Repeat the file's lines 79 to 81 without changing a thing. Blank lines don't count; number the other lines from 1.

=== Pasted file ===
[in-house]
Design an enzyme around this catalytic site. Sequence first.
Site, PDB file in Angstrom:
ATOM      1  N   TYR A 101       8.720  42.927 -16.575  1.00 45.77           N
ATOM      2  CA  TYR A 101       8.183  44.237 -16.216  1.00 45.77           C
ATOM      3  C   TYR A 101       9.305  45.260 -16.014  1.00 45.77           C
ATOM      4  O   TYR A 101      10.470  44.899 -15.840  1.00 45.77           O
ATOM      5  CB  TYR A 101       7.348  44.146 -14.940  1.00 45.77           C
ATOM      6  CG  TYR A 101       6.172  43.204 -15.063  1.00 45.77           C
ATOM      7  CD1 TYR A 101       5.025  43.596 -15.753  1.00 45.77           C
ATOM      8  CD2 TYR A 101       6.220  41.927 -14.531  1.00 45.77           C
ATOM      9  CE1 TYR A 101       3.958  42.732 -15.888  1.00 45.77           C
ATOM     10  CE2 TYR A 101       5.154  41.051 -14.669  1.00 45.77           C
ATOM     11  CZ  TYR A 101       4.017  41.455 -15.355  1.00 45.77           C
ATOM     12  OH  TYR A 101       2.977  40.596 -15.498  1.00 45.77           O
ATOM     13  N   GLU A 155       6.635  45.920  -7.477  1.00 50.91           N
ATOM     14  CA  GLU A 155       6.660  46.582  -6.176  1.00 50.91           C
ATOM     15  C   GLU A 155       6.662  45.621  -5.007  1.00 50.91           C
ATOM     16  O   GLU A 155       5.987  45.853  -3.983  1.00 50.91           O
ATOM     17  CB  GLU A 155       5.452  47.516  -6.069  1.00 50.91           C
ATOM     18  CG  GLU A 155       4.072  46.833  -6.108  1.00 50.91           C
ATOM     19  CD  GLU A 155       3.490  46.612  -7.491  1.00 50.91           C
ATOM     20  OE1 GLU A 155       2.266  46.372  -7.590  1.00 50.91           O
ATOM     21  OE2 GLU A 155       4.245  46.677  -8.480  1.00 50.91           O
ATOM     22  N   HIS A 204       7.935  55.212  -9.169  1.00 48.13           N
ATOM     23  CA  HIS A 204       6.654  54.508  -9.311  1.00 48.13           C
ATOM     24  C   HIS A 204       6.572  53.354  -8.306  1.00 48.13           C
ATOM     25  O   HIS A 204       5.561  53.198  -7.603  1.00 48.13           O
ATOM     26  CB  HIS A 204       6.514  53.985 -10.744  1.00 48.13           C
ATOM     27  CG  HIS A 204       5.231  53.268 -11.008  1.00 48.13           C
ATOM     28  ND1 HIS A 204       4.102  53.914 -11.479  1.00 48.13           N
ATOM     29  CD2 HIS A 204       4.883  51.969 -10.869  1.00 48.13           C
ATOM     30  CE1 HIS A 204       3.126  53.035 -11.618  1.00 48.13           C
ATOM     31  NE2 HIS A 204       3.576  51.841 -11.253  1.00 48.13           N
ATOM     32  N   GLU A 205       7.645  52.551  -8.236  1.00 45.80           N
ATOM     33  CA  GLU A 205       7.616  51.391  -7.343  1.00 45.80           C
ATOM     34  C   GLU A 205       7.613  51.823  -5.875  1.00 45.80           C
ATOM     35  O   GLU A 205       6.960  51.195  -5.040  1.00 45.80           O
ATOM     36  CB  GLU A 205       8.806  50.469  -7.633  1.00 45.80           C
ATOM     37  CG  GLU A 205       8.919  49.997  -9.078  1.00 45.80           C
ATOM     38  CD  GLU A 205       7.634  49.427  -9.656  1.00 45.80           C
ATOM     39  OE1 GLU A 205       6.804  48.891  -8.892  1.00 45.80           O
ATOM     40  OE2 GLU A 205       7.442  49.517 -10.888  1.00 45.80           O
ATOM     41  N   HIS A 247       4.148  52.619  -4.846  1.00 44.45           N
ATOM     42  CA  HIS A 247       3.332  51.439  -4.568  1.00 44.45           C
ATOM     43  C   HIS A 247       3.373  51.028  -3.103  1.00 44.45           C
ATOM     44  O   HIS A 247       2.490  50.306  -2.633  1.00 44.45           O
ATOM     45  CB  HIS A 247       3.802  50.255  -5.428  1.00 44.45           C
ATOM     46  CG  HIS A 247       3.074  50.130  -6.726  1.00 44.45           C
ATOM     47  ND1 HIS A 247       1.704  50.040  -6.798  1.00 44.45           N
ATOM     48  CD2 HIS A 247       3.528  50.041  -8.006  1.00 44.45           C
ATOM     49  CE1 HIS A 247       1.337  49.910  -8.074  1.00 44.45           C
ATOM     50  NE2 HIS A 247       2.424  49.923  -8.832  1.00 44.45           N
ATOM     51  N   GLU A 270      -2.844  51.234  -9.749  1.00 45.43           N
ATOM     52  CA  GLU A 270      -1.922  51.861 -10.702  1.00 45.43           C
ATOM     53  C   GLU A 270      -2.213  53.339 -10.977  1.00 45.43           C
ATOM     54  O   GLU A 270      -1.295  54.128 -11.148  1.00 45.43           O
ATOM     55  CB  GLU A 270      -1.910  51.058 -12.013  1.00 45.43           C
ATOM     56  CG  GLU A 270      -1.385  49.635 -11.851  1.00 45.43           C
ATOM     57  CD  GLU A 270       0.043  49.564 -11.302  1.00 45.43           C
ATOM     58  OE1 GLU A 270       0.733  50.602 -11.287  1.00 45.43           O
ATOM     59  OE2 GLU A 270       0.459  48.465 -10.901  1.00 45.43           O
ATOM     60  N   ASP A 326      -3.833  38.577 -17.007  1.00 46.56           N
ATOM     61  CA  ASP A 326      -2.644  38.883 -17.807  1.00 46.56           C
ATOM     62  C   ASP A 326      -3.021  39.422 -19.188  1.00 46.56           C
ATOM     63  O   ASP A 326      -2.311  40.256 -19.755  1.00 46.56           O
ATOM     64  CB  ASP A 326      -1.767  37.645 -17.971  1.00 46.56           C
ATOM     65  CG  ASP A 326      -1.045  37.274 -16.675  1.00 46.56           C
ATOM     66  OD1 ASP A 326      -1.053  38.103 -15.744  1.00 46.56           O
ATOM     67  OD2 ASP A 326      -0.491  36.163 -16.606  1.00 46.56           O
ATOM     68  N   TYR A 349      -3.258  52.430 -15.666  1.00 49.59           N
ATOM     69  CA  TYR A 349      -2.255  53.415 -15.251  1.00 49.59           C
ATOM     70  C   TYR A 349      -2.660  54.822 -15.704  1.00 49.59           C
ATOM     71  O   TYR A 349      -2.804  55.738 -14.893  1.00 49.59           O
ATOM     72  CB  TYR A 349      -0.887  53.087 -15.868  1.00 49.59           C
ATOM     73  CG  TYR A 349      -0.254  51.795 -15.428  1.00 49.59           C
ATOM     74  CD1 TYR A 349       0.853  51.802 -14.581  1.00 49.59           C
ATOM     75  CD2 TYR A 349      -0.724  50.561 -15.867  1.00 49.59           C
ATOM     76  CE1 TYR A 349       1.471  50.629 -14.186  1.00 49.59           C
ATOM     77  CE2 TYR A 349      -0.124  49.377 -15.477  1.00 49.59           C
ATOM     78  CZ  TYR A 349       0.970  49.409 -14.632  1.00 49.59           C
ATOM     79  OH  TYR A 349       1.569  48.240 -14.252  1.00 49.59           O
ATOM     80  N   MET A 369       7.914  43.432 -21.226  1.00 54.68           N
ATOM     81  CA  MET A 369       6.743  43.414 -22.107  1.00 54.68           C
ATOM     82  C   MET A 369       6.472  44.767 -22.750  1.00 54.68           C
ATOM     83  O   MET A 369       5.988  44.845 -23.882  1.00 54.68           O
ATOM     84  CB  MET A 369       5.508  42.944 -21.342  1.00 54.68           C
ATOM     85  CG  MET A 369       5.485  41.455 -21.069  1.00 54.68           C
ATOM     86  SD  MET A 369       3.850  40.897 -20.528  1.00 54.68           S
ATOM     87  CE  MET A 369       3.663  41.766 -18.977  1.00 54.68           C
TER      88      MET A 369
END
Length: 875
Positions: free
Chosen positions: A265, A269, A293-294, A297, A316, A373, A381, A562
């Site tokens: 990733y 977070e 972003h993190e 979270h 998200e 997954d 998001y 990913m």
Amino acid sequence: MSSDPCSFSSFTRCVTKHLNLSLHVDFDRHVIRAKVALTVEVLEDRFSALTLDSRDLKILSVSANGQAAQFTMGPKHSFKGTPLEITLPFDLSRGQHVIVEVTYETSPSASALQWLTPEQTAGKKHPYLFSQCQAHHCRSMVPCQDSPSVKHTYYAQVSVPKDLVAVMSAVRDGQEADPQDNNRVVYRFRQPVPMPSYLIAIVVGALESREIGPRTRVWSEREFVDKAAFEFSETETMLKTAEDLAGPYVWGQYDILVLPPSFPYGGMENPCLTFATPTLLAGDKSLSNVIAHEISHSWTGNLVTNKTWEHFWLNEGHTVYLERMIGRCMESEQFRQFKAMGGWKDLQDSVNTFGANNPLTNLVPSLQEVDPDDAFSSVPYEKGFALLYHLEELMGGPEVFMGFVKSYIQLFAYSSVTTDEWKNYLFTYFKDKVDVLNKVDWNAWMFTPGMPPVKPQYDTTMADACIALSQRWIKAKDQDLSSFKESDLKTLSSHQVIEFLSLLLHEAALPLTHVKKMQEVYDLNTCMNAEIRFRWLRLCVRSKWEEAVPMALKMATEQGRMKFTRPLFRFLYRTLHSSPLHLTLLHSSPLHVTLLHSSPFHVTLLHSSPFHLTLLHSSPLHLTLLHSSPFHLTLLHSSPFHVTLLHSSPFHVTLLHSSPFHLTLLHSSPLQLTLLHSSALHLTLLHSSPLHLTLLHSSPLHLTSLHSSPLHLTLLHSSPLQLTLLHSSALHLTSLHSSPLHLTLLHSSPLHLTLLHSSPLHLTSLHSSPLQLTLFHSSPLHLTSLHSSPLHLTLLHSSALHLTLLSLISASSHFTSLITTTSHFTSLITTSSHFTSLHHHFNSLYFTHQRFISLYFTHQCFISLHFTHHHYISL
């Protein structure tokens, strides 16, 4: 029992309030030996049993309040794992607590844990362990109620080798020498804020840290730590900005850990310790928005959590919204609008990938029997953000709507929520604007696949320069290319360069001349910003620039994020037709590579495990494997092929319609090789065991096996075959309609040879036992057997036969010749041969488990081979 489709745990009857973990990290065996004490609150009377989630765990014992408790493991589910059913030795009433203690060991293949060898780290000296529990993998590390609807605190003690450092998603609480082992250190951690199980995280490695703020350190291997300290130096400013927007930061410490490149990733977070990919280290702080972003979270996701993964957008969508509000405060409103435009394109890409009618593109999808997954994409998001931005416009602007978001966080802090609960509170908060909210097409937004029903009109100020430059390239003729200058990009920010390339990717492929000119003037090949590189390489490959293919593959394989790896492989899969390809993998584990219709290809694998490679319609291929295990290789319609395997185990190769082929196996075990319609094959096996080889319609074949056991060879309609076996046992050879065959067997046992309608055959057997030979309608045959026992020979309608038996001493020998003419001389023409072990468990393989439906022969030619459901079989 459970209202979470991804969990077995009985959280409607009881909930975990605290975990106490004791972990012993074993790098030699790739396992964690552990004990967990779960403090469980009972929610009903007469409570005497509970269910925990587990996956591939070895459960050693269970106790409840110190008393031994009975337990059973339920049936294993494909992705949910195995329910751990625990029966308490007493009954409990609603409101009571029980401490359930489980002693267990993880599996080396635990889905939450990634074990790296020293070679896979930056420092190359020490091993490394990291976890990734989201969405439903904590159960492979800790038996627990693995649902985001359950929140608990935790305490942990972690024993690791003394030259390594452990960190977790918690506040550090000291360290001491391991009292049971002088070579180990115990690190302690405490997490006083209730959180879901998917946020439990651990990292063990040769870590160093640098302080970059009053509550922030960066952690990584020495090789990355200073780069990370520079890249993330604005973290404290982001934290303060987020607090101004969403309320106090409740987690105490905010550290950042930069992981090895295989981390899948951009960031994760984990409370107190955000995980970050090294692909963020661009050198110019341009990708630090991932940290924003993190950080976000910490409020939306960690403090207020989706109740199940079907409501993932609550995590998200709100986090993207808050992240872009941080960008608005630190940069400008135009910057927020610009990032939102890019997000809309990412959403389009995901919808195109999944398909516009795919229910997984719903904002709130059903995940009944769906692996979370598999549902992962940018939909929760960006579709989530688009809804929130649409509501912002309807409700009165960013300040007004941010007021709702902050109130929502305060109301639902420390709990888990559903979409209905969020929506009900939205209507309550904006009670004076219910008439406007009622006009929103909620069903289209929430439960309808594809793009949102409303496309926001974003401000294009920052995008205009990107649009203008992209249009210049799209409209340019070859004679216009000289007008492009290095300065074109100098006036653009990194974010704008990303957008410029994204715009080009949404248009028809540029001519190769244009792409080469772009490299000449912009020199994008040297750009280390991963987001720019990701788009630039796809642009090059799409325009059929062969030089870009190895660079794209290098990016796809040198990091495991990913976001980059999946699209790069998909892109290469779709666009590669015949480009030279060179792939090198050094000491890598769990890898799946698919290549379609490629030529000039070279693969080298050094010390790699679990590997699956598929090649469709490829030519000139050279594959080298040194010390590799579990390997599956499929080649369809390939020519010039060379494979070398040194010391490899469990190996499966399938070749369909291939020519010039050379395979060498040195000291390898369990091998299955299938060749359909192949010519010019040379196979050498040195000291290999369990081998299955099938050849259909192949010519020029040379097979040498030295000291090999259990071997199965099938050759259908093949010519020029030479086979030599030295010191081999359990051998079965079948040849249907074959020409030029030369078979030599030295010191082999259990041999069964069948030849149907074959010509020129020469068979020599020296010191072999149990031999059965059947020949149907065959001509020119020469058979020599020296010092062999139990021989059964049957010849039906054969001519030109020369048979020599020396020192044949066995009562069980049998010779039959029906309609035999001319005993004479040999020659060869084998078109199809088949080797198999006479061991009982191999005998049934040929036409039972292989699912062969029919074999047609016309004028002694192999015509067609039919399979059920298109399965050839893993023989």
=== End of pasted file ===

ATOM     76  CE1 TYR A 349       1.471  50.629 -14.186  1.00 49.59           C
ATOM     77  CE2 TYR A 349      -0.124  49.377 -15.477  1.00 49.59           C
ATOM     78  CZ  TYR A 349       0.970  49.409 -14.632  1.00 49.59           C